Body mass index and all cause mortality in HUNT and UK Biobank studies: linear and non-linear mendelian randomisation analyses

Yi-Qian Sun, Stephen Burgess, James R Staley, Angela M Wood, Steven Bell, Stephen K Kaptoge, Qi Guo, Thomas R Bolton, Amy M Mason, Adam S Butterworth, Emanuele Di Angelantonio, Gunnhild Å Vie, Johan H Bjørngaard, Jonas Minet Kinge, Yue Chen, Xiao-Mei Mai

Research output: Contribution to journalArticle (Academic Journal)peer-review

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Abstract

OBJECTIVE: To investigate the shape of the causal relation between body mass index (BMI) and mortality.

DESIGN: Linear and non-linear mendelian randomisation analyses.

SETTING: Nord-Trøndelag Health (HUNT) Study (Norway) and UK Biobank (United Kingdom).

PARTICIPANTS: Middle to early late aged participants of European descent: 56 150 from the HUNT Study and 366 385 from UK Biobank.

MAIN OUTCOME MEASURES: All cause and cause specific (cardiovascular, cancer, and non-cardiovascular non-cancer) mortality.

RESULTS: 12 015 and 10 344 participants died during a median of 18.5 and 7.0 years of follow-up in the HUNT Study and UK Biobank, respectively. Linear mendelian randomisation analyses indicated an overall positive association between genetically predicted BMI and the risk of all cause mortality. An increase of 1 unit in genetically predicted BMI led to a 5% (95% confidence interval 1% to 8%) higher risk of mortality in overweight participants (BMI 25.0-29.9) and a 9% (4% to 14%) higher risk of mortality in obese participants (BMI ≥30.0) but a 34% (16% to 48%) lower risk in underweight (BMI <18.5) and a 14% (-1% to 27%) lower risk in low normal weight participants (BMI 18.5-19.9). Non-linear mendelian randomisation indicated a J shaped relation between genetically predicted BMI and the risk of all cause mortality, with the lowest risk at a BMI of around 22-25 for the overall sample. Subgroup analyses by smoking status, however, suggested an always-increasing relation of BMI with mortality in never smokers and a J shaped relation in ever smokers.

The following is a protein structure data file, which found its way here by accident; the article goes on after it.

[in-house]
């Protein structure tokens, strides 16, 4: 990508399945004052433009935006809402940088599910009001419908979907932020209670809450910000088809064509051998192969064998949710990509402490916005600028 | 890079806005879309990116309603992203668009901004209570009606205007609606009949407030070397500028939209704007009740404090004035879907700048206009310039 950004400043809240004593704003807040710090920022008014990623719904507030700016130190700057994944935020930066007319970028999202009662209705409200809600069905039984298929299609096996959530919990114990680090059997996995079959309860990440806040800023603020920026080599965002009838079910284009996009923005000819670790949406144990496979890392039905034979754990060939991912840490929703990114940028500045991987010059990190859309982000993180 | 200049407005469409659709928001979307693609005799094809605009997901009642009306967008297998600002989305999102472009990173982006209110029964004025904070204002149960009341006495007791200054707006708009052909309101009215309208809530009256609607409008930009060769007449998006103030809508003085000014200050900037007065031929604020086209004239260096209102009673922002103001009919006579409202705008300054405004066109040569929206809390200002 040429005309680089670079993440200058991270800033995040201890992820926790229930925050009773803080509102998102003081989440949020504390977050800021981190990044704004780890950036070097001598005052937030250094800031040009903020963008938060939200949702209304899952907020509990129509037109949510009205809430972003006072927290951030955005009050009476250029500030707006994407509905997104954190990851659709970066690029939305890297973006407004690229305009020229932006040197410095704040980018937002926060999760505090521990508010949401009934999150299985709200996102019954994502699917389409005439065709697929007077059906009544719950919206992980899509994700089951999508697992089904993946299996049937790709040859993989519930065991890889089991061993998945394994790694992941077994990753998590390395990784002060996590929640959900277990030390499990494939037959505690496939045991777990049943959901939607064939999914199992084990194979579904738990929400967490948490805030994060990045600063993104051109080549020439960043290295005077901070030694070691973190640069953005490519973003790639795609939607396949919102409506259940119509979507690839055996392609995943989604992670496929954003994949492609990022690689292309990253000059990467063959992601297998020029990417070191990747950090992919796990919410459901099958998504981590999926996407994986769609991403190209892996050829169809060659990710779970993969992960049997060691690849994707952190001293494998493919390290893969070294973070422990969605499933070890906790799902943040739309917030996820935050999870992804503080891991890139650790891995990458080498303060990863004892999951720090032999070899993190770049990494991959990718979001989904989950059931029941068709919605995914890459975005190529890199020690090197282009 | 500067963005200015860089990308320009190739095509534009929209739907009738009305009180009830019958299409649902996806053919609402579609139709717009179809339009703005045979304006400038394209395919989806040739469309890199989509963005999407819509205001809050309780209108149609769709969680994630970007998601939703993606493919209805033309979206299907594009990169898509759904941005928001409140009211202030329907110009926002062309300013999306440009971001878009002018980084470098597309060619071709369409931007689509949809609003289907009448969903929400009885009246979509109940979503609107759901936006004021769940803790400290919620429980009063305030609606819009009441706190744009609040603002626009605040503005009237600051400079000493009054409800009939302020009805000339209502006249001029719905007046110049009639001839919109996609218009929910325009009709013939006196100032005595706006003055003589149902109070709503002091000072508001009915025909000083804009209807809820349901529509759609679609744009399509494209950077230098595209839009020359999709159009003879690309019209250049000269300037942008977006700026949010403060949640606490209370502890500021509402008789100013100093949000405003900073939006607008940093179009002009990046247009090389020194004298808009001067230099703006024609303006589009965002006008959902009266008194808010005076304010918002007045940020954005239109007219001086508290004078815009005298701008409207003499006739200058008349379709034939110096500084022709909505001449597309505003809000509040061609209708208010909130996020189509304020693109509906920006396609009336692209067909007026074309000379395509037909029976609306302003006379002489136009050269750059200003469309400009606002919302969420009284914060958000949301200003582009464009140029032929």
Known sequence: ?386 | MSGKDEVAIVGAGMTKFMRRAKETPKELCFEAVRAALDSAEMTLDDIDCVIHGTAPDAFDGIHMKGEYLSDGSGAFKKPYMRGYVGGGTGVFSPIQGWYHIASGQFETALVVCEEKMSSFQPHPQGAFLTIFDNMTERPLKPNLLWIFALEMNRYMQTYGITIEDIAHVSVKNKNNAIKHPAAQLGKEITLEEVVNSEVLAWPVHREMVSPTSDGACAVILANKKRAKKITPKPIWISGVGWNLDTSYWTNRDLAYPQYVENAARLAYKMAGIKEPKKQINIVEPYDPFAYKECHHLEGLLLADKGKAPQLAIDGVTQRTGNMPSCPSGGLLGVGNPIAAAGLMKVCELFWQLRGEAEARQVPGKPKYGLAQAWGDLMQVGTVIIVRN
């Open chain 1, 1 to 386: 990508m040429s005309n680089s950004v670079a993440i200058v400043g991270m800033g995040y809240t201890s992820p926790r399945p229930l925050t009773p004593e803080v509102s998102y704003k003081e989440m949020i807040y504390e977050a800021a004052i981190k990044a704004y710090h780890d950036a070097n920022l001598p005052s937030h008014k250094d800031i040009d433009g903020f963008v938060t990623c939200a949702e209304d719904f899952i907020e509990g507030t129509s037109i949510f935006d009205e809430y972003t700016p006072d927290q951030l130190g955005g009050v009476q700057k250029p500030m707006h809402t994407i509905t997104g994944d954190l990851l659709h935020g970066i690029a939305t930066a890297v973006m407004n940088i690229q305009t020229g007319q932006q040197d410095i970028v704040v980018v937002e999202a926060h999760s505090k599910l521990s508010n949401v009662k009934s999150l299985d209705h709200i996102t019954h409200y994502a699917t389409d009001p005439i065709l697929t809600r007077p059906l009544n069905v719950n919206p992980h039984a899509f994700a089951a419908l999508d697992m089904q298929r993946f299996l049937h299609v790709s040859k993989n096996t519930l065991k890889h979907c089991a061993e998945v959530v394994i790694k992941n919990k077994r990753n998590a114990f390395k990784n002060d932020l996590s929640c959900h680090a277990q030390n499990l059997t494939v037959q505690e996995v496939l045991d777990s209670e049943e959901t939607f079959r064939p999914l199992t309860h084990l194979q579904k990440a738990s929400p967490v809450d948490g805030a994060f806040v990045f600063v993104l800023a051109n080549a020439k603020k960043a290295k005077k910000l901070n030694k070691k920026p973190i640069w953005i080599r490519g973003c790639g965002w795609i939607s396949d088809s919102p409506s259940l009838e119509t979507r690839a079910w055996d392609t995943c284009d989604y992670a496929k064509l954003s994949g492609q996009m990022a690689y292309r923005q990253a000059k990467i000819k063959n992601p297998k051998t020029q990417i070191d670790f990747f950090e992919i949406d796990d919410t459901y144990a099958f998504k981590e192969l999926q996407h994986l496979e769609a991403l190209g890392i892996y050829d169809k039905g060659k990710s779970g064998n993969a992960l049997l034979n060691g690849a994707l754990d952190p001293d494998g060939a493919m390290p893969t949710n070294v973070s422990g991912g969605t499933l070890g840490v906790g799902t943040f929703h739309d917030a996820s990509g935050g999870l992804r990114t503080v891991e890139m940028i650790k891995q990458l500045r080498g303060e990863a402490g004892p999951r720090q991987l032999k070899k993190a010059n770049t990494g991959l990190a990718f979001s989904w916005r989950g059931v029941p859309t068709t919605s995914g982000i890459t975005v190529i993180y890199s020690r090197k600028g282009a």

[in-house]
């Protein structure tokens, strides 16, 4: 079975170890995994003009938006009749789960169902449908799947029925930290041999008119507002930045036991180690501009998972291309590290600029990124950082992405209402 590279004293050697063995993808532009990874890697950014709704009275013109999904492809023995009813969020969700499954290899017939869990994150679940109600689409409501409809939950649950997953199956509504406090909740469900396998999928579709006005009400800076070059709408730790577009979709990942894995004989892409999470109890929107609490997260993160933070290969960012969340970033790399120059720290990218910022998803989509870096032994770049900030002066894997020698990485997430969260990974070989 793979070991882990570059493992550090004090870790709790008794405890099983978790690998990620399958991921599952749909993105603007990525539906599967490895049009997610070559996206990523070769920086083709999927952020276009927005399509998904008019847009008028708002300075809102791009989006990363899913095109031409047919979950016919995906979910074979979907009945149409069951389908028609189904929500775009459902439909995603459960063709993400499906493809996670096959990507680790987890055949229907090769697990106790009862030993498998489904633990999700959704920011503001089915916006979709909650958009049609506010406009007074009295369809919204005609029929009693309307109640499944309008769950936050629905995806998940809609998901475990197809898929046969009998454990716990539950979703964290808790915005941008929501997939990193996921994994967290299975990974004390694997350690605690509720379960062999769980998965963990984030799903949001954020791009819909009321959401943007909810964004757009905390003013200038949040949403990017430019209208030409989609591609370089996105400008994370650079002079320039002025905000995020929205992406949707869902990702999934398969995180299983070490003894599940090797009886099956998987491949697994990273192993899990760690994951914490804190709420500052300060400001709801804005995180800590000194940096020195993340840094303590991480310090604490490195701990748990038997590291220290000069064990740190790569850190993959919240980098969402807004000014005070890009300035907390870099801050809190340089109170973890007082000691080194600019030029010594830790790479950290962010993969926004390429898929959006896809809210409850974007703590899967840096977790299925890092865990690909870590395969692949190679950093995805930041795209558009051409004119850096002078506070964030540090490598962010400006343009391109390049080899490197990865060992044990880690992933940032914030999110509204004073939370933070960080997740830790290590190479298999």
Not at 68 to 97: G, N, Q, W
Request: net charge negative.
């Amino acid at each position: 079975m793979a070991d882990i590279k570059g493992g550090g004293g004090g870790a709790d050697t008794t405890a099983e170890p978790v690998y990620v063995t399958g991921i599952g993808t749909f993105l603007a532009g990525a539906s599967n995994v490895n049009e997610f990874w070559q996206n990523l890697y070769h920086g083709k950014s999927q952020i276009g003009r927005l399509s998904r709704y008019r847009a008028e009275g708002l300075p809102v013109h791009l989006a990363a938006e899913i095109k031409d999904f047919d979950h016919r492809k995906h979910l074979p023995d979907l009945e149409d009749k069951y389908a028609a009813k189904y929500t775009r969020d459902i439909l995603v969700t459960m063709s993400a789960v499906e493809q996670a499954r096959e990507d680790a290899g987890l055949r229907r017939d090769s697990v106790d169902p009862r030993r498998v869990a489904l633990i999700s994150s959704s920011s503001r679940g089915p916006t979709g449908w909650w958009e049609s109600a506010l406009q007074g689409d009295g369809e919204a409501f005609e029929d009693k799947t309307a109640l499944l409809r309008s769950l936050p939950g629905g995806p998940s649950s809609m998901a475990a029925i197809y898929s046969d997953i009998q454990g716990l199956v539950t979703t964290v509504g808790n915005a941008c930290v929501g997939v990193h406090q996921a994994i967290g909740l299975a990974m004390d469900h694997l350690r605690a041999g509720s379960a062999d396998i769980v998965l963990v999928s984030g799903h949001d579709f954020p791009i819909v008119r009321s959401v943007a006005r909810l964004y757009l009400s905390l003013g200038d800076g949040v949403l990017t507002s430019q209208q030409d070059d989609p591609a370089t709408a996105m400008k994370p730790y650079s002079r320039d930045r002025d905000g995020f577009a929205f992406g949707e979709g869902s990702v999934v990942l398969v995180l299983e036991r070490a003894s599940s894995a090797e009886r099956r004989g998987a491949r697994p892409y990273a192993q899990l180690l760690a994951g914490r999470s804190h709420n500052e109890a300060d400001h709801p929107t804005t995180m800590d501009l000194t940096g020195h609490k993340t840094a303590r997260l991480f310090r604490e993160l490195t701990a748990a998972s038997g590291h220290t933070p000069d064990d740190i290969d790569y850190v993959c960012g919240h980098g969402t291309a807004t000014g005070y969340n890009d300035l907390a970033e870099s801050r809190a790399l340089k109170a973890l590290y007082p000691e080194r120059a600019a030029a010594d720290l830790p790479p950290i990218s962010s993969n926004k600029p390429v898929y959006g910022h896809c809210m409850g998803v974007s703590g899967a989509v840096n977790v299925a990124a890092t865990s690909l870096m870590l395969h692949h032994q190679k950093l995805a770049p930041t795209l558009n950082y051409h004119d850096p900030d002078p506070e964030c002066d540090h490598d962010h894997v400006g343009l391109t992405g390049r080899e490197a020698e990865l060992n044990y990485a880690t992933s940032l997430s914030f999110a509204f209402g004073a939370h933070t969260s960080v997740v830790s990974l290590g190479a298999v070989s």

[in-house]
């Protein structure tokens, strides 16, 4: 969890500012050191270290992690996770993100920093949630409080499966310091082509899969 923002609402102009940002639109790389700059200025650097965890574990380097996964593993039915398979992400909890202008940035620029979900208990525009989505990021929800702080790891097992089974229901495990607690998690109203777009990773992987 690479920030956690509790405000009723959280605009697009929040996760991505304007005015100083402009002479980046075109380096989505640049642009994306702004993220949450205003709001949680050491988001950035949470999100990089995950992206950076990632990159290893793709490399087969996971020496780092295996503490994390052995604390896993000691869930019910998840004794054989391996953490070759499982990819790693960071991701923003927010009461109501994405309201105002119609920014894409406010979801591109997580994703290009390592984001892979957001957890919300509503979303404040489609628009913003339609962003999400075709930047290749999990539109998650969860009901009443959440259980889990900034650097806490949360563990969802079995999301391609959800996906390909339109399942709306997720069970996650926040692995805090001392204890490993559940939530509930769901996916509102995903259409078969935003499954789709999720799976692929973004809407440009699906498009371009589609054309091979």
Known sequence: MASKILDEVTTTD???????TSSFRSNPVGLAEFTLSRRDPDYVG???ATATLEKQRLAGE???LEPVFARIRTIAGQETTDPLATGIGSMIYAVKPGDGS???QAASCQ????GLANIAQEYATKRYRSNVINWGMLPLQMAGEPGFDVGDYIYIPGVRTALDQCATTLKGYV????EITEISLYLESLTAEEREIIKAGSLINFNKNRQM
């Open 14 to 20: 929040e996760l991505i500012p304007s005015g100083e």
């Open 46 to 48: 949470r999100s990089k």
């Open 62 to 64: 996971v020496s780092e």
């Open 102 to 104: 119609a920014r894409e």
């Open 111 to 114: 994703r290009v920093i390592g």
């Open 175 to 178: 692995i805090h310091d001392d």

CONCLUSIONS: The previously observed J shaped relation between BMI and risk of all cause mortality appears to have a causal basis, but subgroup analyses by smoking status revealed that the BMI-mortality relation is likely comprised of at least two distinct curves, rather than one J shaped relation. An increased risk of mortality for being underweight was only evident in ever smokers.

Original languageEnglish
Article numberl1042
Number of pages10
JournalBMJ
Volume364
DOIs
Publication statusPublished - 26 Mar 2019

Bibliographical note

Published by the BMJ Publishing Group Limited. For permission to use (where not already granted under a licence) please go to http://group.bmj.com/group/rights-licensing/permissions.

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